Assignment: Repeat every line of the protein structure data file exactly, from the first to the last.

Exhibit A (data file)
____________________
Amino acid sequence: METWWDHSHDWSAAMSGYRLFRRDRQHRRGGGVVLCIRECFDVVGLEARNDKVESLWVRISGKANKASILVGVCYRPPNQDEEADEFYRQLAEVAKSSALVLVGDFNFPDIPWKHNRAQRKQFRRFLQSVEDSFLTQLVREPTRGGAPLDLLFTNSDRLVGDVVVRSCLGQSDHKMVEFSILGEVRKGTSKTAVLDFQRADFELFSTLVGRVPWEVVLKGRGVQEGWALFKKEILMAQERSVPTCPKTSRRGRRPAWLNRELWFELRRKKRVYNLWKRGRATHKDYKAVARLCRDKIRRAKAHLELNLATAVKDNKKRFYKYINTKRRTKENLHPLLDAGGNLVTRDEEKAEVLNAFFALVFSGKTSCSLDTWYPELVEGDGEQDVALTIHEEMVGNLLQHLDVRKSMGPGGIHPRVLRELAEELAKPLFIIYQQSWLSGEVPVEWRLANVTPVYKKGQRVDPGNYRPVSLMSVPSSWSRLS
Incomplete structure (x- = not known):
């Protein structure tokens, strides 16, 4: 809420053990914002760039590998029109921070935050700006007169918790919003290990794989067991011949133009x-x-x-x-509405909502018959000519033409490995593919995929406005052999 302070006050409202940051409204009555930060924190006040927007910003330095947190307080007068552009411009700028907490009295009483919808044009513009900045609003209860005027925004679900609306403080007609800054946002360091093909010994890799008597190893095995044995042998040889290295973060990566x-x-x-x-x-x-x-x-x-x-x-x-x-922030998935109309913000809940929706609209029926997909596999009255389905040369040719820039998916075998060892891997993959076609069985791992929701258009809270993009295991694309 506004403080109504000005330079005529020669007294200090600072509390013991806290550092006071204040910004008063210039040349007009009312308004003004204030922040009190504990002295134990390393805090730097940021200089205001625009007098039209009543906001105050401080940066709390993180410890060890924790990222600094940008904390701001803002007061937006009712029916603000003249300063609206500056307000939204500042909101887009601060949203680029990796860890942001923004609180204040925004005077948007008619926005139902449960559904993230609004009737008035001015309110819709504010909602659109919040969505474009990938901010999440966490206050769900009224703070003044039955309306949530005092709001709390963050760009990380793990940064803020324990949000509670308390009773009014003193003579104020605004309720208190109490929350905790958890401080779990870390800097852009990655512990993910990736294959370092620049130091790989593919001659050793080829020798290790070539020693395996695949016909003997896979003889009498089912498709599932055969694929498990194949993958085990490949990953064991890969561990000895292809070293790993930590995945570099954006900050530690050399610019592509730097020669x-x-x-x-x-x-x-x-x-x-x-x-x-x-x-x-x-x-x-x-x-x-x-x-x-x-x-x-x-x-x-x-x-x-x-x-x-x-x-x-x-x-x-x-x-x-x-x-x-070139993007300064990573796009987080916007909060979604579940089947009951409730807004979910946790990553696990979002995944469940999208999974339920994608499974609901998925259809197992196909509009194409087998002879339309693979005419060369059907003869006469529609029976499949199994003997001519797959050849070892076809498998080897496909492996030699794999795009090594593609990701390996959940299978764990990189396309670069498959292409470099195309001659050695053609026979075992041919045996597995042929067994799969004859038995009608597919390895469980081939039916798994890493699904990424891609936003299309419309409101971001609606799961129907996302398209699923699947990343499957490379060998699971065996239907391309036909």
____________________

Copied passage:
Amino acid sequence: METWWDHSHDWSAAMSGYRLFRRDRQHRRGGGVVLCIRECFDVVGLEARNDKVESLWVRISGKANKASILVGVCYRPPNQDEEADEFYRQLAEVAKSSALVLVGDFNFPDIPWKHNRAQRKQFRRFLQSVEDSFLTQLVREPTRGGAPLDLLFTNSDRLVGDVVVRSCLGQSDHKMVEFSILGEVRKGTSKTAVLDFQRADFELFSTLVGRVPWEVVLKGRGVQEGWALFKKEILMAQERSVPTCPKTSRRGRRPAWLNRELWFELRRKKRVYNLWKRGRATHKDYKAVARLCRDKIRRAKAHLELNLATAVKDNKKRFYKYINTKRRTKENLHPLLDAGGNLVTRDEEKAEVLNAFFALVFSGKTSCSLDTWYPELVEGDGEQDVALTIHEEMVGNLLQHLDVRKSMGPGGIHPRVLRELAEELAKPLFIIYQQSWLSGEVPVEWRLANVTPVYKKGQRVDPGNYRPVSLMSVPSSWSRLS
Incomplete structure (x- = not known):
């Protein structure tokens, strides 16, 4: 809420053990914002760039590998029109921070935050700006007169918790919003290990794989067991011949133009x-x-x-x-509405909502018959000519033409490995593919995929406005052999 302070006050409202940051409204009555930060924190006040927007910003330095947190307080007068552009411009700028907490009295009483919808044009513009900045609003209860005027925004679900609306403080007609800054946002360091093909010994890799008597190893095995044995042998040889290295973060990566x-x-x-x-x-x-x-x-x-x-x-x-x-922030998935109309913000809940929706609209029926997909596999009255389905040369040719820039998916075998060892891997993959076609069985791992929701258009809270993009295991694309 506004403080109504000005330079005529020669007294200090600072509390013991806290550092006071204040910004008063210039040349007009009312308004003004204030922040009190504990002295134990390393805090730097940021200089205001625009007098039209009543906001105050401080940066709390993180410890060890924790990222600094940008904390701001803002007061937006009712029916603000003249300063609206500056307000939204500042909101887009601060949203680029990796860890942001923004609180204040925004005077948007008619926005139902449960559904993230609004009737008035001015309110819709504010909602659109919040969505474009990938901010999440966490206050769900009224703070003044039955309306949530005092709001709390963050760009990380793990940064803020324990949000509670308390009773009014003193003579104020605004309720208190109490929350905790958890401080779990870390800097852009990655512990993910990736294959370092620049130091790989593919001659050793080829020798290790070539020693395996695949016909003997896979003889009498089912498709599932055969694929498990194949993958085990490949990953064991890969561990000895292809070293790993930590995945570099954006900050530690050399610019592509730097020669x-x-x-x-x-x-x-x-x-x-x-x-x-x-x-x-x-x-x-x-x-x-x-x-x-x-x-x-x-x-x-x-x-x-x-x-x-x-x-x-x-x-x-x-x-x-x-x-x-070139993007300064990573796009987080916007909060979604579940089947009951409730807004979910946790990553696990979002995944469940999208999974339920994608499974609901998925259809197992196909509009194409087998002879339309693979005419060369059907003869006469529609029976499949199994003997001519797959050849070892076809498998080897496909492996030699794999795009090594593609990701390996959940299978764990990189396309670069498959292409470099195309001659050695053609026979075992041919045996597995042929067994799969004859038995009608597919390895469980081939039916798994890493699904990424891609936003299309419309409101971001609606799961129907996302398209699923699947990343499957490379060998699971065996239907391309036909």